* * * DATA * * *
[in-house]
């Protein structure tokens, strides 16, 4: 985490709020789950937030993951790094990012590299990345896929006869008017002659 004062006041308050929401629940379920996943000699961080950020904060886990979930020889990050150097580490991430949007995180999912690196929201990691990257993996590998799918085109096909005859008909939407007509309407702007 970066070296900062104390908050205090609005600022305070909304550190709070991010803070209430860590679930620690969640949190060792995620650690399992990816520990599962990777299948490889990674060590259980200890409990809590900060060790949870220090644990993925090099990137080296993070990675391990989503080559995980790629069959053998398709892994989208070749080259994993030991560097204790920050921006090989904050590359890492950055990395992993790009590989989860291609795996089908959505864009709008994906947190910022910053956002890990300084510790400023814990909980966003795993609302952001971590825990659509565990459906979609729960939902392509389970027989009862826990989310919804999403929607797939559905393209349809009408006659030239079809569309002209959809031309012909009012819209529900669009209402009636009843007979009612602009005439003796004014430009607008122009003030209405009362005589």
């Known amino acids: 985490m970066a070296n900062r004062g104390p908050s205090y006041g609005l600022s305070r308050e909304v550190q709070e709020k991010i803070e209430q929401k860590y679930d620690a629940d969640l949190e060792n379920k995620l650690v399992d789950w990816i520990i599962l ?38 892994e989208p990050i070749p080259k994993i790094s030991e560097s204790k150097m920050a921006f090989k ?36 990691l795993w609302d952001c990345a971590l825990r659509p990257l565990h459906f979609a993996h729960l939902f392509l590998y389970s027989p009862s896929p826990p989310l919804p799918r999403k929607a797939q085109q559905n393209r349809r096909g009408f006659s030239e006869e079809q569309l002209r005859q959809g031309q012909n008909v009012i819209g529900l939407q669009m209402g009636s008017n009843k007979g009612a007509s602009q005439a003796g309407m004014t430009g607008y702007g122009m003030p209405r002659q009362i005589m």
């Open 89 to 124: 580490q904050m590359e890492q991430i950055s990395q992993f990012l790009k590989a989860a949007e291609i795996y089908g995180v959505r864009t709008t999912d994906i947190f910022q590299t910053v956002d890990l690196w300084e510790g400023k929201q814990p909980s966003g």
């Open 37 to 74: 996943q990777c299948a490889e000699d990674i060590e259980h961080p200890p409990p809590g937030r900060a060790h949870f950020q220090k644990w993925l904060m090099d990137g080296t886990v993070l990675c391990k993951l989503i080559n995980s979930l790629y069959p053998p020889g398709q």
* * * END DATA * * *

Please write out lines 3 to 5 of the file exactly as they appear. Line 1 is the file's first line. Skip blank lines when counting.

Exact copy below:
């Known amino acids: 985490m970066a070296n900062r004062g104390p908050s205090y006041g609005l600022s305070r308050e909304v550190q709070e709020k991010i803070e209430q929401k860590y679930d620690a629940d969640l949190e060792n379920k995620l650690v399992d789950w990816i520990i599962l ?38 892994e989208p990050i070749p080259k994993i790094s030991e560097s204790k150097m920050a921006f090989k ?36 990691l795993w609302d952001c990345a971590l825990r659509p990257l565990h459906f979609a993996h729960l939902f392509l590998y389970s027989p009862s896929p826990p989310l919804p799918r999403k929607a797939q085109q559905n393209r349809r096909g009408f006659s030239e006869e079809q569309l002209r005859q959809g031309q012909n008909v009012i819209g529900l939407q669009m209402g009636s008017n009843k007979g009612a007509s602009q005439a003796g309407m004014t430009g607008y702007g122009m003030p209405r002659q009362i005589m």
């Open 89 to 124: 580490q904050m590359e890492q991430i950055s990395q992993f990012l790009k590989a989860a949007e291609i795996y089908g995180v959505r864009t709008t999912d994906i947190f910022q590299t910053v956002d890990l690196w300084e510790g400023k929201q814990p909980s966003g």
């Open 37 to 74: 996943q990777c299948a490889e000699d990674i060590e259980h961080p200890p409990p809590g937030r900060a060790h949870f950020q220090k644990w993925l904060m090099d990137g080296t886990v993070l990675c391990k993951l989503i080559n995980s979930l790629y069959p053998p020889g398709q």